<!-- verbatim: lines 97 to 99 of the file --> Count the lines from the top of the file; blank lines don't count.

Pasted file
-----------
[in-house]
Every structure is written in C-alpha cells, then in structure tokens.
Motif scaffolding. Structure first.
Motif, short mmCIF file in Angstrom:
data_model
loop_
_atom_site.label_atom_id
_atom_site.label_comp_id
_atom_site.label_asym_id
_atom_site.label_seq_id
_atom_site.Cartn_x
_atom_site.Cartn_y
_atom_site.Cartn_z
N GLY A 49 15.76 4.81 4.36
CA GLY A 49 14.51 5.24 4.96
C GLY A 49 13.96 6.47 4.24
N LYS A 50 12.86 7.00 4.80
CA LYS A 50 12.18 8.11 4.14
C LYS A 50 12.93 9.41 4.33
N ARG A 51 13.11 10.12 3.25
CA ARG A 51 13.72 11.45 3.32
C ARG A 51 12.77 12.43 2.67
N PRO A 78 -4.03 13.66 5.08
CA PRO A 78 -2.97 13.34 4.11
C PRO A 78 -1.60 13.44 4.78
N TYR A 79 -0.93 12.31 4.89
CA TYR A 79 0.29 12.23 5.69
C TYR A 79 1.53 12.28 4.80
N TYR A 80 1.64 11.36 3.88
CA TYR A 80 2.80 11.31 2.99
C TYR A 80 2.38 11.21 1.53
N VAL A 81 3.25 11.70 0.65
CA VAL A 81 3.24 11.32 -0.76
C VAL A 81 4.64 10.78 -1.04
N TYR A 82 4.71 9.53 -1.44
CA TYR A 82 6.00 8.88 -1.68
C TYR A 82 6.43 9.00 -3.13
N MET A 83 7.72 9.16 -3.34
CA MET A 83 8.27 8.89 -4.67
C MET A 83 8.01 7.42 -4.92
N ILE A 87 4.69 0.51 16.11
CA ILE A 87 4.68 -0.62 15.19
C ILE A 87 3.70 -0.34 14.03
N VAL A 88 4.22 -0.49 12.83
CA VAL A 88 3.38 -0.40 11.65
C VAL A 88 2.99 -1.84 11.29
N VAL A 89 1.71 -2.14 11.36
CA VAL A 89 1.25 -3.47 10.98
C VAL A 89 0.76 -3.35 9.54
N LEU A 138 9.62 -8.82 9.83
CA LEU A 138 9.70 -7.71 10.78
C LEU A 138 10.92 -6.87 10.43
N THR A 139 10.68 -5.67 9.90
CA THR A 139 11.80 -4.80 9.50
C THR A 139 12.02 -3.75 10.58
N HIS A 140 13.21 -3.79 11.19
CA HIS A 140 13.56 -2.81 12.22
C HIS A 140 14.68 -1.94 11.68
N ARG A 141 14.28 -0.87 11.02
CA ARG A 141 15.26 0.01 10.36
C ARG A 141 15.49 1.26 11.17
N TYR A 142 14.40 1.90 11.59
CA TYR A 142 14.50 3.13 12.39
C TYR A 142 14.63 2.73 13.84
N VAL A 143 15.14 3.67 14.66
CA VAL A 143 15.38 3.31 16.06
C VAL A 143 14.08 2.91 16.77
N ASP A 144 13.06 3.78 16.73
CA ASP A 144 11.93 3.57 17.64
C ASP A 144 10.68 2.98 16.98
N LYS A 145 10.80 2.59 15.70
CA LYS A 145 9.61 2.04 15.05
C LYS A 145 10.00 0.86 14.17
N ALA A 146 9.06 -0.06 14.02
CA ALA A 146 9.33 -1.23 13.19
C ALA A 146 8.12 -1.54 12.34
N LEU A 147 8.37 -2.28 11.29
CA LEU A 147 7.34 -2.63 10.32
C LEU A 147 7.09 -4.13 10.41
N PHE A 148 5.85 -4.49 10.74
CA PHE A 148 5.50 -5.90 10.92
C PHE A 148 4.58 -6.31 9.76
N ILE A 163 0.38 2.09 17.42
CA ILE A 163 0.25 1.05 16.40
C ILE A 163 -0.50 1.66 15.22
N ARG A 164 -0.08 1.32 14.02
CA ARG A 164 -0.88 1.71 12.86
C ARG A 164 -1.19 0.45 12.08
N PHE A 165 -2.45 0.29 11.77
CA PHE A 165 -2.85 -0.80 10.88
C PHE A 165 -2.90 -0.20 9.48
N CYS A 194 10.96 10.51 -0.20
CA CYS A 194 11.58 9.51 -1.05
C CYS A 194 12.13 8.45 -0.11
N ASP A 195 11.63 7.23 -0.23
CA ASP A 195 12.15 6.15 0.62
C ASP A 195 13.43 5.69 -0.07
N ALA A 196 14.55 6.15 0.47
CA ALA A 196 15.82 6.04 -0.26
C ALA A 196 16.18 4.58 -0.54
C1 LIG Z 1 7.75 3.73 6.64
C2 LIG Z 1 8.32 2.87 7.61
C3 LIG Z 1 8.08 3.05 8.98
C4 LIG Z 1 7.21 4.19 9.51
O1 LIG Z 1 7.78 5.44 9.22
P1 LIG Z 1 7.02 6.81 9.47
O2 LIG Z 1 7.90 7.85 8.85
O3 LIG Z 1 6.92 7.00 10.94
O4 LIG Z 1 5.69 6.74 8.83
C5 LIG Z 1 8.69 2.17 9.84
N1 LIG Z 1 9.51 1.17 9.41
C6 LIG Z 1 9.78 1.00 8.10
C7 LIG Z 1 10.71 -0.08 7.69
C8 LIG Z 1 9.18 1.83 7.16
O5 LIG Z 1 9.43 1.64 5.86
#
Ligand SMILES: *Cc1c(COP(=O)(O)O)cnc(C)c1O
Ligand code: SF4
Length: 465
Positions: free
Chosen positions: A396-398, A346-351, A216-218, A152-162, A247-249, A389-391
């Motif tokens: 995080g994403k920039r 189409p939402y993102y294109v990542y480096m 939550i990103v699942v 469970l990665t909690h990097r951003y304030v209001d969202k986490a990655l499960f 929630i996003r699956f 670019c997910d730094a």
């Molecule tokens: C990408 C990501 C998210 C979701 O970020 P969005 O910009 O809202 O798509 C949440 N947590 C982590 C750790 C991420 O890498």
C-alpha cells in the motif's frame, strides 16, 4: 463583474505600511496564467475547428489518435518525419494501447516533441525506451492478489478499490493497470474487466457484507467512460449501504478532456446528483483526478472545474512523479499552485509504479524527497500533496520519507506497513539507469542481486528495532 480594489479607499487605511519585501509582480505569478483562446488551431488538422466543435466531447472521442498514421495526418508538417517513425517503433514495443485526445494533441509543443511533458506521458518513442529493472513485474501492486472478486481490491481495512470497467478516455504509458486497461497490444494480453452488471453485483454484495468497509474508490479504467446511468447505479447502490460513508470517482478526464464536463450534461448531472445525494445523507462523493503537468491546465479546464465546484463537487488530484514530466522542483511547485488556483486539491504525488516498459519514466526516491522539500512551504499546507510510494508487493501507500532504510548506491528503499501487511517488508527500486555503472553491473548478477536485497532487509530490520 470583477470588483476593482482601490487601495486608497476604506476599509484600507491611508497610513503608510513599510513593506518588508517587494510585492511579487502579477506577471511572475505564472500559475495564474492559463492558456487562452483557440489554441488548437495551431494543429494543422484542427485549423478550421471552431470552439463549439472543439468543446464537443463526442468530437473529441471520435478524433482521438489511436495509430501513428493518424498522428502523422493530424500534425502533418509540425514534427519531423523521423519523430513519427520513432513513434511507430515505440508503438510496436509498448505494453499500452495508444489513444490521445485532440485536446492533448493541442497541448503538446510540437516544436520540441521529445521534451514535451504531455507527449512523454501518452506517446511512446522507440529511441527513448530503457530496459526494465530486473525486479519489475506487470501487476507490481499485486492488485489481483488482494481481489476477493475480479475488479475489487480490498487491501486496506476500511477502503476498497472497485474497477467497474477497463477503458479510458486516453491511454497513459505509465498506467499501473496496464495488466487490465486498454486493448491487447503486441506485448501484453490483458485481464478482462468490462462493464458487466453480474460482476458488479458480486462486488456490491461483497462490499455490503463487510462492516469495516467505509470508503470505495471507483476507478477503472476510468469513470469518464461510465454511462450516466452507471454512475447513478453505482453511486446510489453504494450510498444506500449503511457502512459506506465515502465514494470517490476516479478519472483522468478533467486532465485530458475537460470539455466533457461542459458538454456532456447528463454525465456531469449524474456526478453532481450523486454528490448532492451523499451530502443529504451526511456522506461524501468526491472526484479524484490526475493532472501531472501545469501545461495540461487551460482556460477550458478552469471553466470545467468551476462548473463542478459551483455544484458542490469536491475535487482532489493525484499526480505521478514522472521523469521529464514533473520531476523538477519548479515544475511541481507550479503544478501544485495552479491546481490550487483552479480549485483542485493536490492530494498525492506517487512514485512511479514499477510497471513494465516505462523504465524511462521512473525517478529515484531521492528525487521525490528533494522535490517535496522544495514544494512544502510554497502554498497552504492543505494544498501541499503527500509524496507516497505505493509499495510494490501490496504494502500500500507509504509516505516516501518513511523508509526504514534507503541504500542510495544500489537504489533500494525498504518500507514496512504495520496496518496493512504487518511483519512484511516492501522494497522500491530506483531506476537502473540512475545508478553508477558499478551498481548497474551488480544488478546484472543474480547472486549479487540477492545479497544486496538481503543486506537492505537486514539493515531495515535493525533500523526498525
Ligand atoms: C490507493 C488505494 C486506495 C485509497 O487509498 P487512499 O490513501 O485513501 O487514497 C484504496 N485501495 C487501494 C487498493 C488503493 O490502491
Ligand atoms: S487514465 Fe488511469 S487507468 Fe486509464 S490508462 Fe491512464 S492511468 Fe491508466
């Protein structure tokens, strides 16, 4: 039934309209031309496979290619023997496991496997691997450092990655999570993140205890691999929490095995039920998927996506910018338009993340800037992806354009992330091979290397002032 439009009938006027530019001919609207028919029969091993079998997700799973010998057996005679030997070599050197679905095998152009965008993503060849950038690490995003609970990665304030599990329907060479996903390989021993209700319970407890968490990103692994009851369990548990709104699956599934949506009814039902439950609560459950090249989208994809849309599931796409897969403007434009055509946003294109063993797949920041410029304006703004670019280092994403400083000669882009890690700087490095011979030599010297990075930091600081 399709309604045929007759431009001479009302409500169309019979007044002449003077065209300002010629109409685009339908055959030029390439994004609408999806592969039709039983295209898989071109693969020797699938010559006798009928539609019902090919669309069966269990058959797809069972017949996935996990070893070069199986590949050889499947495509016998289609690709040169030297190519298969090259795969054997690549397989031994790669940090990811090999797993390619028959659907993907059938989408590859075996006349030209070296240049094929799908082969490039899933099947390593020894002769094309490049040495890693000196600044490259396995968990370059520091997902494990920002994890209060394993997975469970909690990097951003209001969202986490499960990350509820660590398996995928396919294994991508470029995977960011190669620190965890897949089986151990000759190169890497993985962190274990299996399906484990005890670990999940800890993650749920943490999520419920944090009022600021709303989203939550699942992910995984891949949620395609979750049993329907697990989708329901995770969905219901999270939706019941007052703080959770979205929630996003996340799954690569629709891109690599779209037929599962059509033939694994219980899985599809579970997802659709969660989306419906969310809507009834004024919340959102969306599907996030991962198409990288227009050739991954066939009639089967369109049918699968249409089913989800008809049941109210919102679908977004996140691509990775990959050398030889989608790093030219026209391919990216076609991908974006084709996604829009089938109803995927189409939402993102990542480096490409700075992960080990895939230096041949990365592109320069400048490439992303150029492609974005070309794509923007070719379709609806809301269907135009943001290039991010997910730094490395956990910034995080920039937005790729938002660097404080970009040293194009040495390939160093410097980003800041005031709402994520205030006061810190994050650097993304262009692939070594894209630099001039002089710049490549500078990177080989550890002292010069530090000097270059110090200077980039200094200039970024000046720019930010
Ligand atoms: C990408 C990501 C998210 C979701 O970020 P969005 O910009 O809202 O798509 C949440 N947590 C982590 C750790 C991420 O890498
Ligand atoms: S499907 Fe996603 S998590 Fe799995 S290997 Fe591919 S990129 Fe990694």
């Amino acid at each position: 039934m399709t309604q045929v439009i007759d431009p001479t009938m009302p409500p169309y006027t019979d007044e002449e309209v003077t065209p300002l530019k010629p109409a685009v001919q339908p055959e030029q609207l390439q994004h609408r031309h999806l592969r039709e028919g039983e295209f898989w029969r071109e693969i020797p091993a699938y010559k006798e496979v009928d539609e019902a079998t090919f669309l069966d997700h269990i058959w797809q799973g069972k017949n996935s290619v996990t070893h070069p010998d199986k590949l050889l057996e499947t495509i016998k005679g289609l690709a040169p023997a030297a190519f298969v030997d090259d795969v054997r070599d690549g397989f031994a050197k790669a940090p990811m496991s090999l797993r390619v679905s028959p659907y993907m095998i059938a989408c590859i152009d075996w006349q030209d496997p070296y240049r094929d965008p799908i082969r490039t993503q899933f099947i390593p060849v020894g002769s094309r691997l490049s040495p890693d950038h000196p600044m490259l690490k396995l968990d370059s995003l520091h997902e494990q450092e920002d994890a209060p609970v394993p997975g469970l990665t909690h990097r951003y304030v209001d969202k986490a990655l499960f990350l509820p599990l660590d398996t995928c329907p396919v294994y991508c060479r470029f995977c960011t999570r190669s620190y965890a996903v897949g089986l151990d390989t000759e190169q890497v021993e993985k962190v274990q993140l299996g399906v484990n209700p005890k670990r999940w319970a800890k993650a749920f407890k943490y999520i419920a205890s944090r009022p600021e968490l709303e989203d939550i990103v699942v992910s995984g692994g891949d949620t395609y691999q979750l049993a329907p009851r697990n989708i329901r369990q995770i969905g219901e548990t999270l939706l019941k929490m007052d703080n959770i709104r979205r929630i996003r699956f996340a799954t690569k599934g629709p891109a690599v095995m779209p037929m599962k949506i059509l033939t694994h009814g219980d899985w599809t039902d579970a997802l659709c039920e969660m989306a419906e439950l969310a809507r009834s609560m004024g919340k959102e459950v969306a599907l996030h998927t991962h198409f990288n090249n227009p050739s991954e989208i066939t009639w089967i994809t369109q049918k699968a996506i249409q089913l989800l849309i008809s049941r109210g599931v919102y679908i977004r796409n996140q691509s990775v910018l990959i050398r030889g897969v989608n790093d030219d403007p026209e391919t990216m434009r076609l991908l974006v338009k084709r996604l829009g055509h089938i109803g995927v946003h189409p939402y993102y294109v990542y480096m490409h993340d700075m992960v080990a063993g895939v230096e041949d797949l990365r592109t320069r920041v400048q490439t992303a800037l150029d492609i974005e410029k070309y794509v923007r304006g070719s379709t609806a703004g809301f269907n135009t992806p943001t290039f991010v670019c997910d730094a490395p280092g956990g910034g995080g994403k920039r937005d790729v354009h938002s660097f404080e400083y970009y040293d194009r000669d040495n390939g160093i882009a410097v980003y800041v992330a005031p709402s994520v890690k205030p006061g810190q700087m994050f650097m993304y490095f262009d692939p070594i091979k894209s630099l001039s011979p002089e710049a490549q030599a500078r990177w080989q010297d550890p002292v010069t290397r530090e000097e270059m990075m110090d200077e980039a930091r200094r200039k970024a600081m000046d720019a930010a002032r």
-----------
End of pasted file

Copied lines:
C ASP A 195 13.43 5.69 -0.07
N ALA A 196 14.55 6.15 0.47
CA ALA A 196 15.82 6.04 -0.26